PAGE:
I need your advice - new build: fans and lights, "no signal", nopost beep


T

ToolPackinMama

* ABIT AX78 AM2+/AM2 AMD 770 ATX AMD Motherboard
* AMD Phenom 8450 Toliman 2.1GHz Socket AM2+ 95W Triple-Core Processor
Model HD8450WCGHBOX - Retail
* BFG Tech BFGE88512GTSE GeForce 8800GTS (G92) 512MB 256-bit GDDR3 PCI
Express 2.0 x16 HDCP Ready SLI Supported Video Card
* Patriot Extreme Performance 2GB (2 x 1GB) 240-Pin DDR2 SDRAM DDR2 1066
(PC2 8500) Dual Channel Kit Desktop Memory
* Seagate Barracuda ES.2 ST3250310NS 250GB 7200 RPM SATA 3.0Gb/s Hard Drive
* Antec Earthwatts 500 PSU
* DVD-WR
* FDD

(USB KB and mouse.)

I try to boot and all fans and lights come on. Post code on MB is "FF",
which as far as I know means fully functional. Monitor says "No
signal". No post beep, no drives responding.

I have tried reseating the RAM, and the video card. I have tried
substituting an old ATI PCI-E video card. The CRT monitor is known to
be good and is connected properly.

What should I be looking at here?
 
Ad

Advertisements

J

John Doe

ToolPackinMama said:
Monitor says "No signal". No post beep, no drives responding.

I have tried reseating the RAM, and the video card. I have tried
substituting an old ATI PCI-E video card. The CRT monitor is
known to be good and is connected properly.

What should I be looking at here?

Is there a BIOS setting for initializing monitor types (like the old
PCI/AGP)?

The monitor cable?
 
D

Dave

ToolPackinMama said:
* ABIT AX78 AM2+/AM2 AMD 770 ATX AMD Motherboard
* AMD Phenom 8450 Toliman 2.1GHz Socket AM2+ 95W Triple-Core Processor
Model HD8450WCGHBOX - Retail
* BFG Tech BFGE88512GTSE GeForce 8800GTS (G92) 512MB 256-bit GDDR3 PCI
Express 2.0 x16 HDCP Ready SLI Supported Video Card
* Patriot Extreme Performance 2GB (2 x 1GB) 240-Pin DDR2 SDRAM DDR2 1066
(PC2 8500) Dual Channel Kit Desktop Memory
* Seagate Barracuda ES.2 ST3250310NS 250GB 7200 RPM SATA 3.0Gb/s Hard
Drive
* Antec Earthwatts 500 PSU
* DVD-WR
* FDD

(USB KB and mouse.)

I try to boot and all fans and lights come on. Post code on MB is "FF",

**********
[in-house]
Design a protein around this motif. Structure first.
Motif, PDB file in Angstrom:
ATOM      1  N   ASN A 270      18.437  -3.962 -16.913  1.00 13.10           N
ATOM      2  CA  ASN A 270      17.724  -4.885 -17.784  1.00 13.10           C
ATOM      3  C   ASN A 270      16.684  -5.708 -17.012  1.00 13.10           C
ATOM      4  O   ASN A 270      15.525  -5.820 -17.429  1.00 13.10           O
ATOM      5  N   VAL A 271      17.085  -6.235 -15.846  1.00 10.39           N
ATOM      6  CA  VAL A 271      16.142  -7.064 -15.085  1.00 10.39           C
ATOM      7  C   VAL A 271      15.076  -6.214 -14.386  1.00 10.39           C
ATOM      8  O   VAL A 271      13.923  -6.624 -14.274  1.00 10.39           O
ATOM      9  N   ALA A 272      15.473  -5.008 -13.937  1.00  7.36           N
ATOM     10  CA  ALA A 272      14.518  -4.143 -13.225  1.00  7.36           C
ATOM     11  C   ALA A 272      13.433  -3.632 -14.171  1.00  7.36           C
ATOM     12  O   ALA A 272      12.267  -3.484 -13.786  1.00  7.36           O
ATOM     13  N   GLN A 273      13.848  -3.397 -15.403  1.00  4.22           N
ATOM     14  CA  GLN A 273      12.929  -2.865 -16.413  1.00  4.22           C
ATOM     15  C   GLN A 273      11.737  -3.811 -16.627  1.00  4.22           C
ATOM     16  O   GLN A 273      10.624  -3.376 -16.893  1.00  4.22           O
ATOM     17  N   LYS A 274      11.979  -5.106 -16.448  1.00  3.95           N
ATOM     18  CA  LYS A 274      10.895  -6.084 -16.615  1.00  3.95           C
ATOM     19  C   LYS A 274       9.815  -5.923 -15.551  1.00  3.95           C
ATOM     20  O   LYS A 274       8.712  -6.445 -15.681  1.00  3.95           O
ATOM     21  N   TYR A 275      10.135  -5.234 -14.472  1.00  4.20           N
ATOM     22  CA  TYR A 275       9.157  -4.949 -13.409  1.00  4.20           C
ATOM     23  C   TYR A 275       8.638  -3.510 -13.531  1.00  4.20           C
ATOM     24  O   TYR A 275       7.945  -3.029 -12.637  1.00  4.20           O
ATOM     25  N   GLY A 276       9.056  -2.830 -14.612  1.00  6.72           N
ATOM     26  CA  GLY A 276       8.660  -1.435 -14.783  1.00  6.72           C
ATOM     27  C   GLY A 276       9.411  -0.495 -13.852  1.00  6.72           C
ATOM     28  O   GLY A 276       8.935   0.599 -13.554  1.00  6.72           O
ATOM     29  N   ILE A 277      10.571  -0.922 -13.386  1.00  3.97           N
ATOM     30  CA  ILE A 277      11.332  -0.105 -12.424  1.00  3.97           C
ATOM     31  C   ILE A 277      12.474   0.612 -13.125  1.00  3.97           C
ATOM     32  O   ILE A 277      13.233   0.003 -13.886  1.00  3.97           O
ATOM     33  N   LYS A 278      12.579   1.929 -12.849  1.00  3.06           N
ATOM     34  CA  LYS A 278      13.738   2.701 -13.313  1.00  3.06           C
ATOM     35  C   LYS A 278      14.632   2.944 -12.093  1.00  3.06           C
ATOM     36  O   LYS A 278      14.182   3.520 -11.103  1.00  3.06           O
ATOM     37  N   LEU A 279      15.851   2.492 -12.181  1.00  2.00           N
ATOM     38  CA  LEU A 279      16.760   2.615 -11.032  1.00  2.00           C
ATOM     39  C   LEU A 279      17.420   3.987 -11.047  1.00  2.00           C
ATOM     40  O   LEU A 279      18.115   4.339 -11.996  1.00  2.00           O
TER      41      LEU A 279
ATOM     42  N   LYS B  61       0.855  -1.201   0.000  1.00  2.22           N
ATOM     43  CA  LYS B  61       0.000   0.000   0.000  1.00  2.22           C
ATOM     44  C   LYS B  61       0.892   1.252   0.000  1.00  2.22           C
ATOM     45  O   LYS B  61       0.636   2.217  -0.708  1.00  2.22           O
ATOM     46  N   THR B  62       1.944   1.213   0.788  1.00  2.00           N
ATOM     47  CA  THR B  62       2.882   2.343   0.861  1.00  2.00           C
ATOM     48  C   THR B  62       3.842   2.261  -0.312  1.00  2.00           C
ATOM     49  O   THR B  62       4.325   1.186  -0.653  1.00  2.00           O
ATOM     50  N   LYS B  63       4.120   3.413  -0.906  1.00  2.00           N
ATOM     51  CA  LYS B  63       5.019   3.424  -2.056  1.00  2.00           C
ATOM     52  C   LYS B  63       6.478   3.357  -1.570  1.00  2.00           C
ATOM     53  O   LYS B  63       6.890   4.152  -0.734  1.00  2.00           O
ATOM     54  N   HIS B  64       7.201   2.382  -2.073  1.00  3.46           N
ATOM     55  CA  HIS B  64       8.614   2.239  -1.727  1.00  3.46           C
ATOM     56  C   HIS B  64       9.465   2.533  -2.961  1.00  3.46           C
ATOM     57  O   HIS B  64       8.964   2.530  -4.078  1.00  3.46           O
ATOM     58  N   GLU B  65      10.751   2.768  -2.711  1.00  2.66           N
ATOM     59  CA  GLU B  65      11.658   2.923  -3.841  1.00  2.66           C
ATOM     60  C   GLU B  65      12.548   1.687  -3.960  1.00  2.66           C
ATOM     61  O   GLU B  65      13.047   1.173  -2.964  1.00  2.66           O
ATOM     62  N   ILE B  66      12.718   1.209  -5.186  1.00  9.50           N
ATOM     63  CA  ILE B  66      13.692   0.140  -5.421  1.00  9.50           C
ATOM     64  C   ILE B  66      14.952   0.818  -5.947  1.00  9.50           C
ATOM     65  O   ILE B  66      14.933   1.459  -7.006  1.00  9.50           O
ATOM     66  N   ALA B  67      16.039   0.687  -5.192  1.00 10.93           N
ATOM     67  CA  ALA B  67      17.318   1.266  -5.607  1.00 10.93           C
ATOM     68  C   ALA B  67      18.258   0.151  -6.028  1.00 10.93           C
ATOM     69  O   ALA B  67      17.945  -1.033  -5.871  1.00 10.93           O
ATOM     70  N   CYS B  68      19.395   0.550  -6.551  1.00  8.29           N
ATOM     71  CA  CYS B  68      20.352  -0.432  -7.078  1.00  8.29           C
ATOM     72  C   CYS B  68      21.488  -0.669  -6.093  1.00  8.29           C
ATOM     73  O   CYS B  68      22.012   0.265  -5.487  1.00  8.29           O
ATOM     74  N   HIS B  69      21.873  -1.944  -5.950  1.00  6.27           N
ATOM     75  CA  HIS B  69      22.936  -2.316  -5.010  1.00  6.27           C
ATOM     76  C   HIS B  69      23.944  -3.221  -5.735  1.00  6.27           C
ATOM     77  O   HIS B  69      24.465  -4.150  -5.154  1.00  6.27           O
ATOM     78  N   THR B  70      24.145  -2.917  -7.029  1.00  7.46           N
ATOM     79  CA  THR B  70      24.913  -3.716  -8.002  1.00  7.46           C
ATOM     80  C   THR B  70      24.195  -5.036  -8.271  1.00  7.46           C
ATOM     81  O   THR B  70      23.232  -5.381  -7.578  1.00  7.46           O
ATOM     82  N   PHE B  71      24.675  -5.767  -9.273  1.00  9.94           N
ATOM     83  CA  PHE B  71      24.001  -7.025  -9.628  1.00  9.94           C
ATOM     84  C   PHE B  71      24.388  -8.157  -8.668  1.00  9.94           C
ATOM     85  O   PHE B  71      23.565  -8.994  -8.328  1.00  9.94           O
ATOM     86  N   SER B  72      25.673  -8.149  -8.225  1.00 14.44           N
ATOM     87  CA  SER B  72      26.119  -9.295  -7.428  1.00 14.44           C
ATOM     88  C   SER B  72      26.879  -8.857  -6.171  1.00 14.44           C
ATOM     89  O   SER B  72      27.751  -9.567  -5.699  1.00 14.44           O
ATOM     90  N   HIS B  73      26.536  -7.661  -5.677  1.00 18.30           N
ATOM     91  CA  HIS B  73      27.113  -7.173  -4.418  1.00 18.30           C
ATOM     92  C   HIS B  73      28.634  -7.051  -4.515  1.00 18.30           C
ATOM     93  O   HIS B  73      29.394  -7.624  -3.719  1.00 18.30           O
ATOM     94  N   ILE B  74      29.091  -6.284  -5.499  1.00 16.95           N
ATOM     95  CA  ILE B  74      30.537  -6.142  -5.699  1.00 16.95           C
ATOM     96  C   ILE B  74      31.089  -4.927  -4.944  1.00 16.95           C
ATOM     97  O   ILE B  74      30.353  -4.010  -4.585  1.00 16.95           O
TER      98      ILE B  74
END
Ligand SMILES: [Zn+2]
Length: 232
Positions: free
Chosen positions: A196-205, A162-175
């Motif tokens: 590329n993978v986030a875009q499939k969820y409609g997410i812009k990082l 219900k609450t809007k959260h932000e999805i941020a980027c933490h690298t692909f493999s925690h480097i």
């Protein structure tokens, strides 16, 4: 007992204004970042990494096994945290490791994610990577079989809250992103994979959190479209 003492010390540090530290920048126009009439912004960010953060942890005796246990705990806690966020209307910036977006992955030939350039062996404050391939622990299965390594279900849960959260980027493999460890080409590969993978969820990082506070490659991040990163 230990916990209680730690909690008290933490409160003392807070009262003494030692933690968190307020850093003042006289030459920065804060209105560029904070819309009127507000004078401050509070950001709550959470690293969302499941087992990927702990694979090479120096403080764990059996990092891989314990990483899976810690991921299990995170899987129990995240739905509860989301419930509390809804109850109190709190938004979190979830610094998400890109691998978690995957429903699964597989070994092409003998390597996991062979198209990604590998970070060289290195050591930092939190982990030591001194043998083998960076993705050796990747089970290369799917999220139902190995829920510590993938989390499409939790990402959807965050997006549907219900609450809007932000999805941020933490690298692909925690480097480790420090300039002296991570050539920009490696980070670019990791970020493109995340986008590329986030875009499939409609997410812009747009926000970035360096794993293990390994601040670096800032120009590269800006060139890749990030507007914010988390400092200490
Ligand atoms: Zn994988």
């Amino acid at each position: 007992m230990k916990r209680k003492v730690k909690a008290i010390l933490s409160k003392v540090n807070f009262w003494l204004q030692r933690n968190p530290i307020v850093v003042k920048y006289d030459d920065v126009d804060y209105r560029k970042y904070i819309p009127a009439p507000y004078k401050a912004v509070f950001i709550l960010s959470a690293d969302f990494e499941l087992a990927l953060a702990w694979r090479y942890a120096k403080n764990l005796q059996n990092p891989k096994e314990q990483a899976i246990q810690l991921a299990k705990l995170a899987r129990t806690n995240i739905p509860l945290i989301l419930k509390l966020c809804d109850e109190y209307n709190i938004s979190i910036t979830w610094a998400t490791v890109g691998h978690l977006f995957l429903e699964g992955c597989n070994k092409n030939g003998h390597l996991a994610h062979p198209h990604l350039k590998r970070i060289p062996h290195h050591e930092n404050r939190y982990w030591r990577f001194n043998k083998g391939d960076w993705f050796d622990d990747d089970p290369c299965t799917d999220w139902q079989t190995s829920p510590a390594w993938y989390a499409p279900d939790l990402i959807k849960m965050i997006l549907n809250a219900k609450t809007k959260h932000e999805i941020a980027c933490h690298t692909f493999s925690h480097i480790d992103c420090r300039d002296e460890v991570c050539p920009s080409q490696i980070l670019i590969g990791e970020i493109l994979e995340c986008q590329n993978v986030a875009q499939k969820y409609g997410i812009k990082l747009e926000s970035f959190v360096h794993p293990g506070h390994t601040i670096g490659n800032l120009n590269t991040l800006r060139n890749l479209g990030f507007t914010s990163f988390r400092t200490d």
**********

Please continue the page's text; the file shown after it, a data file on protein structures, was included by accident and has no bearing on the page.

which as far as I know means fully functional. Monitor says "No signal".
No post beep, no drives responding.

I have tried reseating the RAM, and the video card. I have tried
substituting an old ATI PCI-E video card. The CRT monitor is known to be
good and is connected properly.

What should I be looking at here?

Bad power supply, bad motherboard, or bad CPU or improperly installed CPU.
In that specific order.

Fans and lights will come on when the power supply is active. But to boot,
several things need to happen after that point. Power supply needs to send
power ok to CPU through mainboard. CPU then needs to start POST, from
mainboard BIOS. If initial POST passes OK, then video card is initialized.
Then you start getting video and POST continues. If POST finishes with no
errors, your CPU looks for an operating system, usually from the optical
drive or hard drive (whatever the boot sequence is in BIOS setup menus)

No POST beep would mean that POST is not running, or your mainboard speaker
is disconnected. Did you hook up a speaker? Does your mainboard have a
built-in speaker?

Stupid question but...is your FDD light stuck on? If so, disconnect your
floppy drive (both cables) then try to boot again.

But with JUST the information you posted so far, I'd say bad power supply,
or you missed a connection between mainboard and power supply. There should
be two connections between power supply and mainboard. Not knowing that
specific mainboard, I'm GUESSING you need a 24-pin connection AND an 8-pin
connection to the mainboard from the power supply. -Dave
 
J

John Doe

Dave said:
Is there a jumper for that? He's not getting to the BIOS setup
screens with no video.

No she isn't... good point.
I guess that also rules out trying to flash the BIOS.
 
Ad

Advertisements

T

ToolPackinMama

Dave said:
But with JUST the information you posted so far, I'd say bad power
supply,

New power supply

or you missed a connection between mainboard and power supply.

Nope
There should be two connections between power supply and mainboard. Not